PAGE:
The Legend of Zelda: Tears of the Kingdom features 64 sets of armor that players can find and equip as Link. Some armor sets are returning from Breath of the Wild, but there are plenty of new sets for players to find. While having set bonuses can help Link in specific situations, it can be fun to use sets based on their design when no particular bonus is needed.
Tears of the Kingdom, like BOTW, includes armor sets that have designs beyond the tunic that Link traditionally wore in previous games. While Link’s new TOTK abilities revolve around his right arm, players who don’t like the design of his arm can select armor pieces that make it not as noticeable. Additionally, it can be generally enjoyable to collect armor sets for their designs, then mix and match pieces to create a new look. As such, this list is based on the appearance of sets, not the stats or bonuses.
10 Royal Guard Set
Tears of the Kingdom’s Royal Guard Set seems to have some historical inspiration from real life, particularly with the design of the hat. This set also includes some of the most iconic symbols in the series, like the Hyrule Royal Crest, and even a decoration that looks similar to the Hylian Shield pinned to the hat. In another life, this could have been Link’s standard uniform if he wasn’t Zelda’s personal knight.
9 Ember Set
The Ember Set in Tears of the Kingdom has a lot of detail in it, and it contains a lot of Zelda symbolism. The necklace has a variation of Majora’s Mask on it, and the tassels on the bottom of his tabard are shaped like the Triforce. The headdress seems to have dragon inspiration, which is a creature that’s included across Zelda titles. The dragon symbolism is particularly effective for this armor set with its red color scheme and set bonuses.
8 Charged Set
The Charged Set in TOTK has a lot of visual similarities to the Ember Set, but it isn’t a simple recolor either. The Charged Set also has Majora’s Mask on it, but it looks much lighter in design with fewer layers and a blue-gray color scheme. The design and color scheme both blend with Link’s new arm, making it look like it’s part of the set, and the unicorn-esque headband gives the look an edge.
7 Frostbite Set
The Frostbite Set is another one similar to the Charged and Ember Sets, creating a thematic trio in TOTK. The design of the Frostbite Set is the most simplistic of the three sets, but the detailed headdress and sleeves don’t make it feel like it’s lacking in decorations. Overall, this set has an almost elegant feeling to it and blends well with the world of TOTK.
6 Glide Set
The Glide Set in Tears of the Kingdom is like a flying squirrel suit for Link without being an actual flying squirrel suit. Instead, the Glide set is modeled more after an owl. It looks like a durable leather outfit regularly, and the gliding part doesn’t come out until Link is actually falling, which helps improve the design since it would look rather different if they were always visible.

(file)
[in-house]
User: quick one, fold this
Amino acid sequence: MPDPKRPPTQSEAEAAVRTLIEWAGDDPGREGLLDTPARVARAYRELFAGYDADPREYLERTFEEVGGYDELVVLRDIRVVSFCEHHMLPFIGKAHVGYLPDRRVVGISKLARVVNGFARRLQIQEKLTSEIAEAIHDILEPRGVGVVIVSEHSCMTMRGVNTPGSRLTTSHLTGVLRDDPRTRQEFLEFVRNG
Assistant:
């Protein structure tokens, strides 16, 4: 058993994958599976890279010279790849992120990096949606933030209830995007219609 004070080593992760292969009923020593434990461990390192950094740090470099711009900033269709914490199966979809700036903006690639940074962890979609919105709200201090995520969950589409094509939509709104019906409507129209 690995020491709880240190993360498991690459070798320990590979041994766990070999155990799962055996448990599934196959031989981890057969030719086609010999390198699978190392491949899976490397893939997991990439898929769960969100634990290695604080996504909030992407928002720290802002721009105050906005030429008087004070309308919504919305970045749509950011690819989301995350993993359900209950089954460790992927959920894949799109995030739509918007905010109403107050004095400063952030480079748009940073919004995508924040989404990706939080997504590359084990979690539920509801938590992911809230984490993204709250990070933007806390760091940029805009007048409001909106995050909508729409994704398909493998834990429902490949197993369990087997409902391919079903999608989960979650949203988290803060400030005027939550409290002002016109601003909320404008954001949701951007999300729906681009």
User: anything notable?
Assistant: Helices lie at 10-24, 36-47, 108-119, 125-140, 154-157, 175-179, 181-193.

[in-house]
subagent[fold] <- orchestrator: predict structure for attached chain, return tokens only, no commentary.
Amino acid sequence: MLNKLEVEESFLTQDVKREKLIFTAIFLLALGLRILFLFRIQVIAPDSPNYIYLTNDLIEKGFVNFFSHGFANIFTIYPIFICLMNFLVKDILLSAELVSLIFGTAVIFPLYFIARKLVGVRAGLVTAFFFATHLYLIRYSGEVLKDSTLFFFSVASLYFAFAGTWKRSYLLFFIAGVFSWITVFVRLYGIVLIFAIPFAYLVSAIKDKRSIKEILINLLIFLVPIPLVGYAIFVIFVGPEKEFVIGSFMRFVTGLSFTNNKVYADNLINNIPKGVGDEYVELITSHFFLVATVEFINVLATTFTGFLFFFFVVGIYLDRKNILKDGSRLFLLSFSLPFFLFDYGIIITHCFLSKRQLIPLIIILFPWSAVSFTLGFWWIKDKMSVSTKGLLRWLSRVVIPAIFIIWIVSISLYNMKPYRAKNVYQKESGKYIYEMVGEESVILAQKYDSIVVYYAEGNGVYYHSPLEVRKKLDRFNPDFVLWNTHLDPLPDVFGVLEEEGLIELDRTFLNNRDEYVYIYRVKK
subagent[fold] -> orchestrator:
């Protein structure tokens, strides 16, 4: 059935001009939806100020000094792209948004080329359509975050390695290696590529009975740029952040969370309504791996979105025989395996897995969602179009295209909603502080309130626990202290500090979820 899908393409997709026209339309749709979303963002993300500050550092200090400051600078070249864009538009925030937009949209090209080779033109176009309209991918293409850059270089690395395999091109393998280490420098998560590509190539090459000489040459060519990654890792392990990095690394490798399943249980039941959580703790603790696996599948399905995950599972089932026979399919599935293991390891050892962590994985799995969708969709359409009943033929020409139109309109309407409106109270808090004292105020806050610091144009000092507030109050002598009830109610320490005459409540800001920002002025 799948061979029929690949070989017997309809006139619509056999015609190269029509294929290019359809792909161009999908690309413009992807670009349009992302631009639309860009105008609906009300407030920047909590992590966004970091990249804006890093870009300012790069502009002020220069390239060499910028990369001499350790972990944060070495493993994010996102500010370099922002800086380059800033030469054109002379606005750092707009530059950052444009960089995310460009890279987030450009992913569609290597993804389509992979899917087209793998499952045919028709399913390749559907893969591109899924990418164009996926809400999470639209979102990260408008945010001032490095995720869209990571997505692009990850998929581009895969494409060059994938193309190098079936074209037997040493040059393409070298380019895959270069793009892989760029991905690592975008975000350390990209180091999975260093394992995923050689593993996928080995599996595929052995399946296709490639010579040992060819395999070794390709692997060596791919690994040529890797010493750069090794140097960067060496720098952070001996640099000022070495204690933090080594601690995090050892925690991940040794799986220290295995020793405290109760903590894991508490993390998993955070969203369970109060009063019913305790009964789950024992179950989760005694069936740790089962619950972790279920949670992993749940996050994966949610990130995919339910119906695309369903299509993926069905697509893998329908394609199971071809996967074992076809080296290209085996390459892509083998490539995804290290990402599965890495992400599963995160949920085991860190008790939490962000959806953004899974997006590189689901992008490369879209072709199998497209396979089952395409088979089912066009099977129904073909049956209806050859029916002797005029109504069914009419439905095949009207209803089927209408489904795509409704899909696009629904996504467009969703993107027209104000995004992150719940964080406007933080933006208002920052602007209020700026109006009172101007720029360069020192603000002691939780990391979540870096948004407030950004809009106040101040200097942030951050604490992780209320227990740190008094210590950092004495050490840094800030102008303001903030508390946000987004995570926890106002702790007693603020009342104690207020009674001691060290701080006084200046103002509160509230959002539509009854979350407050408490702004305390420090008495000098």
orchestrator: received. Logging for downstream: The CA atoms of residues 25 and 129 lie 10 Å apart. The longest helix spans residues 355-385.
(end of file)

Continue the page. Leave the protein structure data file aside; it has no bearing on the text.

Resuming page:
5 Mystic Set
The design of the Mystic Set in TOTK seems cold in its color scheme, but is also reminiscent of a blue sky with clouds. The shoulder guard adds to the set’s warrior vibe, but there aren’t too many armor pieces added to detract from the pattern of the clothing. Additionally, the headdress is owl-themed, and owls tend to be a symbol of wisdom, which is fitting for a Mystic Set.
4 Awakening Set
The Awakening Set’s design is more on the fun side in TOTK. Instead of importing the outfit for Link from previous Zelda games, this set’s design is a more direct inclusion of Link from Link’s Awakening. This set is cool in that it brings in a version of Link from a previous game to the extent that the headpiece is actually a whole head instead of a hat and hairstyle.
3 Miner’s Set
The Miner’s Set in TOTK is both cool and practical, for the most part. While the mask could hinder visibility, it could act as a gas mask for mining. Another feature of this set is that it seems to be based on the need for miners to have light in dark places and includes plenty of light bulbs as a result. This means that players can wear this set to illuminate the surrounding area, not having to rely on Brightbloom Seeds and using Fuse to place them in dark areas to see.
2 Froggy Set
At first glance, players might expect the Froggy Set to be too similar to the Zora Set or be a joke rather than a serious armor set. However, TOTK does a good job with this armor design to keep it separate from the Zora Set and make it feel unique and that its design is related to its purpose. There aren’t a lot of decorations on this set, but it doesn’t feel plain, and it does have a clear frog theme and seems like an outfit that would be worn for swimming.
1 Archaic Set
Although it’s the last entry on this list, the Archaic Set is the first armor set that players find after TOTK’s opening, and it does a great job of showing that Link is now in a place that’s been lost to time. It’s reminiscent of Link’s other iconic outfits, but torn and clearly a victim to age. It might not seem special when compared to other sets, but the Archaic Set helps set the tone of the game’s beginning with a ragged appearance, the duller color underneath showing more prominently than the turquoise cloth.
Zelda games haven’t always featured such diverse armor designs. Breath of the Wild’s armor sets were the turning point to add an armor system that provided players with bonuses beyond water breathing or fire resistance, and Tears of the Kingdom has added more sets of armor to this collection. With 64 sets of armor available, players have plenty of variety when it comes to designing outfits in The Legend of Zelda: Tears of the Kingdom.